How this craft beer entrepreneur faced off with industry giant BrewDog

“My favourite quote is ‘a smooth sea never made a skilled sailor’.”

Sonja Mitchell is the MD/”beer admiral” of Jump Ship Brewing, which she launched in December 2019 to brew “world-class” alcohol-free beer in Scotland, also bringing in her love of everything nautical to the brand. After gaining traction, it in January of this year said it had opened Scotland’s first and only brewery producing non-alcoholic beer, a purpose-built 20-hectolitre facility in Midlothian, and after in 2023 raising £300,000 via crowdfunder. It in November said it had launched legal proceedings against controversial beer giant BrewDog to safeguard the name of its Shore Leave product.

You’re now up and running in your own purpose-built brewery, how does this pave the way for further growth?

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It has been really transformational for the business. We’re now well set for further growth, having increased our production capacity, and can quickly adapt our schedules to meet new demand. We’ve been able to experiment with new beer styles, such as our new Gooseberry Gose, and have fine-tuned all of our recipes and processes. More storage space means we can switch to printed cans, cutting out plastic labels. We’re also launching into new formats such as keg – a really exciting area of growth in the “no and low” category.

What are your thoughts now on having taken legal action against BrewDog? How has it shaped your business and role as leader – has it been your most pivotal moment of running Jump Ship so far?

Taking the decision to launch this legal action was one of the toughest calls I’ve had to make so far. We’re such a small business in comparison, but I believed that we had goodwill in the name Shore Leave that was worth defending.

After discussions with BrewDog, we’re really pleased to announce we have reached an amicable settlement in relation to the use of the name. Moving forwards, the new name for our summer series of fruit-forward, sour beers will be called Ocean Drift. I’m delighted to be able to move on, focusing on our new releases and exciting developments to come.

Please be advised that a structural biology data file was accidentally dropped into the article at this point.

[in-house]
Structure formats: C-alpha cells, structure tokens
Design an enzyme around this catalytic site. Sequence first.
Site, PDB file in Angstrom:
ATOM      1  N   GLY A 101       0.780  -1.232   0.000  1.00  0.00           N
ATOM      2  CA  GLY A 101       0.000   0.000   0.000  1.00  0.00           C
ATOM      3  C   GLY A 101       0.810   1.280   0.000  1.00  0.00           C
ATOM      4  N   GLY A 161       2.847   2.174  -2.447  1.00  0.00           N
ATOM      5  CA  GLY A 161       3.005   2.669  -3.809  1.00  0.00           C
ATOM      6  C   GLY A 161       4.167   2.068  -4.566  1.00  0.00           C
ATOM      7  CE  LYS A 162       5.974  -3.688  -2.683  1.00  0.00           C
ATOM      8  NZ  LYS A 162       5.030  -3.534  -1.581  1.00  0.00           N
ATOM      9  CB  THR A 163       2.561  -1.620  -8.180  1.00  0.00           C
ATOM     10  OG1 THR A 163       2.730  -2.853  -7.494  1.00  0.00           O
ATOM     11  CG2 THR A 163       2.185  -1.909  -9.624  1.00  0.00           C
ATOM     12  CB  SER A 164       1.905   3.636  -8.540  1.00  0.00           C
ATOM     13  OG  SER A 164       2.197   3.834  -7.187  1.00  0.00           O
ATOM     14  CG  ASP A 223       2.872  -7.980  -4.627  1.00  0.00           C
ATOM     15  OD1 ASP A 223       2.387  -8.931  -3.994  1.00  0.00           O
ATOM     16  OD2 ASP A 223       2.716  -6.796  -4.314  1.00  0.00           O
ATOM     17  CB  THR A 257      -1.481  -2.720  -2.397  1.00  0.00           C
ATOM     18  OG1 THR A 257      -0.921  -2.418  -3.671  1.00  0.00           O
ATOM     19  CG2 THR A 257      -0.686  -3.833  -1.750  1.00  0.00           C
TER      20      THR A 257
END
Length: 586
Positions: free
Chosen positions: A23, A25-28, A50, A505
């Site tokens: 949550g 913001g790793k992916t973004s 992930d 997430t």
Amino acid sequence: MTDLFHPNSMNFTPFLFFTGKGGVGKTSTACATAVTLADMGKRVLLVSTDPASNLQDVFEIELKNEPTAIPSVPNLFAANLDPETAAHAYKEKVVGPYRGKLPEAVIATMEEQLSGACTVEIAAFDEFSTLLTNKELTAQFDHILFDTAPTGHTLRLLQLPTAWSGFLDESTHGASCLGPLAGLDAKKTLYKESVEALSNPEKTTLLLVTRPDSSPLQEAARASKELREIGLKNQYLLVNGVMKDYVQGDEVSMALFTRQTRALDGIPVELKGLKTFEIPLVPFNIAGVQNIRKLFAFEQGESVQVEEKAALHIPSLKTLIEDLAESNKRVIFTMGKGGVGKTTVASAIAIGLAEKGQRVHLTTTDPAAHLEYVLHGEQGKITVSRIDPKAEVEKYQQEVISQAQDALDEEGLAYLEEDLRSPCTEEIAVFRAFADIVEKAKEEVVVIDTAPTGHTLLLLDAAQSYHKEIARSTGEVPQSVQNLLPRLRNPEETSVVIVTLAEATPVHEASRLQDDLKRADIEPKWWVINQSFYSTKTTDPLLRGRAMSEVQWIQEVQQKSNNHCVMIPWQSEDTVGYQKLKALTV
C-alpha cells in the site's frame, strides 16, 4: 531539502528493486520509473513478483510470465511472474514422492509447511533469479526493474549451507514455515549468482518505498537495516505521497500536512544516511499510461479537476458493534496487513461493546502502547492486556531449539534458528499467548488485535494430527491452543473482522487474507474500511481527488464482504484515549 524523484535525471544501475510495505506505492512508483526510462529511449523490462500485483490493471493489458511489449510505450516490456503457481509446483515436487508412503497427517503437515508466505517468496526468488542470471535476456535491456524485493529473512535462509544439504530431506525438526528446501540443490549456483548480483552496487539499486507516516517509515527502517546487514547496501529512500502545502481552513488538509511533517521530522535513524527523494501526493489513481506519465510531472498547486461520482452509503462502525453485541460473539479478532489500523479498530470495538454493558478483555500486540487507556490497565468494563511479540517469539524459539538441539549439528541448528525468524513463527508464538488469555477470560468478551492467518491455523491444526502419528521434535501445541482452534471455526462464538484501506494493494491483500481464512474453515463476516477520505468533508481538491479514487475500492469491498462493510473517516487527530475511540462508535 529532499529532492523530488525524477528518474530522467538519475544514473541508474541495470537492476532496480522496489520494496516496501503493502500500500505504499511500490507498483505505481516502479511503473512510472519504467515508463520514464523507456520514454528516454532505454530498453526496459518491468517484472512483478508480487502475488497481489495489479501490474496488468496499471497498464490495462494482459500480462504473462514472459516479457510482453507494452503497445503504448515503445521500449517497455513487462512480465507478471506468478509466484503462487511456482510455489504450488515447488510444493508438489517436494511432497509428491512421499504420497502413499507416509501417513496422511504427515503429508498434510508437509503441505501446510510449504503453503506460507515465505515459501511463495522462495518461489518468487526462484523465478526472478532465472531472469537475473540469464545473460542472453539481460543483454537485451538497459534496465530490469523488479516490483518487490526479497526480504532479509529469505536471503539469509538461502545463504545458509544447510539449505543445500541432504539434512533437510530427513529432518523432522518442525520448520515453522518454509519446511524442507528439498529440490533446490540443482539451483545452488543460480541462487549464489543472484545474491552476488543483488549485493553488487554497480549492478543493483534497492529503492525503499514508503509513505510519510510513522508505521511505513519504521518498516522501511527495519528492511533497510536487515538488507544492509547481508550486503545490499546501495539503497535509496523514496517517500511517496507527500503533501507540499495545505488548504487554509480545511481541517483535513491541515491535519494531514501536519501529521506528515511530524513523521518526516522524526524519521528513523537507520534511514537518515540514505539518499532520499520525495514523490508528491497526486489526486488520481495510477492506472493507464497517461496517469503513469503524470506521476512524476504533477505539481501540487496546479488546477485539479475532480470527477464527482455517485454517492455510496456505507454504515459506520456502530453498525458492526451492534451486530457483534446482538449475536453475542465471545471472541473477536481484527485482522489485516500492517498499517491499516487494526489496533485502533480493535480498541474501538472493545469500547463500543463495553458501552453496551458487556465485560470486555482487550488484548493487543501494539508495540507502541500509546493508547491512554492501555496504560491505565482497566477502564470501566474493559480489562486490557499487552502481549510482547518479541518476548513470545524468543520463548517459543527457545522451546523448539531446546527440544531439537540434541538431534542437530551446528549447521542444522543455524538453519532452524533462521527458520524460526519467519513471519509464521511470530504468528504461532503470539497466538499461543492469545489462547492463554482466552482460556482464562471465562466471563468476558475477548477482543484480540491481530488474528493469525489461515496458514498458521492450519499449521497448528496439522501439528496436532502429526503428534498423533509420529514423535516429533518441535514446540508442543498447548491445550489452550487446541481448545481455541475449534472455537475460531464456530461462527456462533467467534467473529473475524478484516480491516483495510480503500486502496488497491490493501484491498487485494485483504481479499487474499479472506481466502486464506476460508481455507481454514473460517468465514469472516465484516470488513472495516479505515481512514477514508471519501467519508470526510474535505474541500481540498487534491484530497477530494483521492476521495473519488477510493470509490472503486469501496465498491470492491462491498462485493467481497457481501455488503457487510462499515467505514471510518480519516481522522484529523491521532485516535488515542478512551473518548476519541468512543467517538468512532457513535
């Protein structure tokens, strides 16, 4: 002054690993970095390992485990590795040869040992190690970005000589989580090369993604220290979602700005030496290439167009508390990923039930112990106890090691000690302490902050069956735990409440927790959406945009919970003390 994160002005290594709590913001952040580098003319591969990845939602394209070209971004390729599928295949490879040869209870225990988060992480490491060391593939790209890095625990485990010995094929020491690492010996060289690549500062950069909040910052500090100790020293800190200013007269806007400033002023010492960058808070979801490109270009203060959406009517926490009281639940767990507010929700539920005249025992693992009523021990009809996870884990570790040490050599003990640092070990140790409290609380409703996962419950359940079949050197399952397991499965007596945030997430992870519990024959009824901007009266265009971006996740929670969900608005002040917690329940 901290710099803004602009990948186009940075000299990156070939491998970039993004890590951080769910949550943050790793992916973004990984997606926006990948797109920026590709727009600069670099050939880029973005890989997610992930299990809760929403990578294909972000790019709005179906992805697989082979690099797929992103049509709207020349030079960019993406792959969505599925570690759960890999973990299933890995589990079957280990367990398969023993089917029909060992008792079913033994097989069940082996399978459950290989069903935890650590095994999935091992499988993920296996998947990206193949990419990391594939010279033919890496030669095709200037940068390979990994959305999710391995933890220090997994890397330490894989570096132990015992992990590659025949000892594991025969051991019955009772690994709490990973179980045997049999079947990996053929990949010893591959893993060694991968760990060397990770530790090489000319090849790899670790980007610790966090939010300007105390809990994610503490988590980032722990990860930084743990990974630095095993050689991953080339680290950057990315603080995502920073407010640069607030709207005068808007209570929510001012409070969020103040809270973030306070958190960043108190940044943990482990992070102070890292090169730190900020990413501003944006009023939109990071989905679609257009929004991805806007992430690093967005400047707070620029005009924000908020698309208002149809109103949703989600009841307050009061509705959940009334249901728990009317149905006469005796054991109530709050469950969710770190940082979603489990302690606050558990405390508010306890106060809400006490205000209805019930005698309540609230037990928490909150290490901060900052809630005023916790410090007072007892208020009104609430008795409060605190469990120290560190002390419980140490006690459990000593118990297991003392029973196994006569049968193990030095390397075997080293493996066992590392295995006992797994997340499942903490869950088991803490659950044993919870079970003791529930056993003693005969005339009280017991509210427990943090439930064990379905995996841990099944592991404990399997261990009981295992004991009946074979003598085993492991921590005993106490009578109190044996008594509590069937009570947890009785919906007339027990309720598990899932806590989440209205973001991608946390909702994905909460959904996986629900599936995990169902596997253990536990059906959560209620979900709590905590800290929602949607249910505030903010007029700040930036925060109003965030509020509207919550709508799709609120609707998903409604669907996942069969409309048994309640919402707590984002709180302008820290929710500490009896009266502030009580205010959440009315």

How is hitching your wagon to the growth in people increasingly swerving alcohol, particularly younger generations, supercharging your growth – and do you believe such expansion will moderate in coming years?

I wasn’t alone in wanting to cut back on alcohol when I launched Jump Ship. Half of UK adults are either not drinking alcohol, or planning to cut back. At Jump Ship, we see a lot more growth still to come in the category. In the UK, fewer than 2 per cent of total beer sales are alcohol-free, still very low compared to markets such as Germany’s 7 per cent, and Spain above 16 per cent. We’re only just getting started here.

How have you navigated the troubled economic backdrop of recent years?

I launched Jump Ship pretty much straight into Covid, and I’m not sure I’ve experienced “normal” business conditions since then; from lockdown through to Brexit, high energy costs, and a cost-of-living crisis. It’s not surprising that my favourite quote is “a smooth sea never made a skilled sailor”. We’ve had to adapt, to be resilient, and keep moving forwards.

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And we’ve had some silver linings. I never planned to launch a direct-to-consumer business, but Covid made online sales an imperative. We’ve since built an amazing community of online customers who still make up about a third of sales. And it was from this foundation of support that we were able to launch our successful crowdfunder last year.

You recently spoke at Egg’s Women on Top event at The Balmoral, touching on finding your tribe and being authentic and vulnerable when sharing your story. Can you give more details on this?

There is a huge amount of pressure to project a relentlessly successful image, but the truth is that running a business is tough, and at times it can be exhausting and overwhelming. And people following our story want to hear the good and the bad. We can’t compete with the big glossy brands and their huge ad spends, but we can show our heart and our determination, and people really respond to that.

One of our most successful social media posts this year has been an image of a pile of beer cans that fell off the back of the lorry – a very bad day in the brewery, but people rallied behind us and snapped up the dented cans in the space of a day.

What do you do to give back – you say you’ve committed to give at least 10 per cent of your profits to charity, for example – and reduce your carbon footprint?

So far, we’ve given a donation each year on our birthday to a cause selected at random from a list nominated by our followers. Often these are smaller charities that make a big difference in their communities, such as the Water of Leith Conservation Trust or First Hand Lothian. We’ve also sponsored Autism on the Water, a charity working to make sailing more inclusive to all.

We want to brew our beer as sustainably as possible. Moving all our production to one site has helped reduce our carbon footprint, saving up to 11 tonnes of carbon over the next three years by cutting out the miles the beer travelled to get canned. We now brew on 100 per cent renewable energy, with all of our brewery bi-products (from spent grain to effluent) being reused elsewhere on the farm or local area. I’m carrying out a full carbon audit this year.

Who do you admire in business?

I’m a big admirer of David Hieatt, founder of Hiut jeans in Wales. He’s created an amazing brand and a purpose-driven company focused on making the most sustainable jeans on the planet from his home town in Wales.

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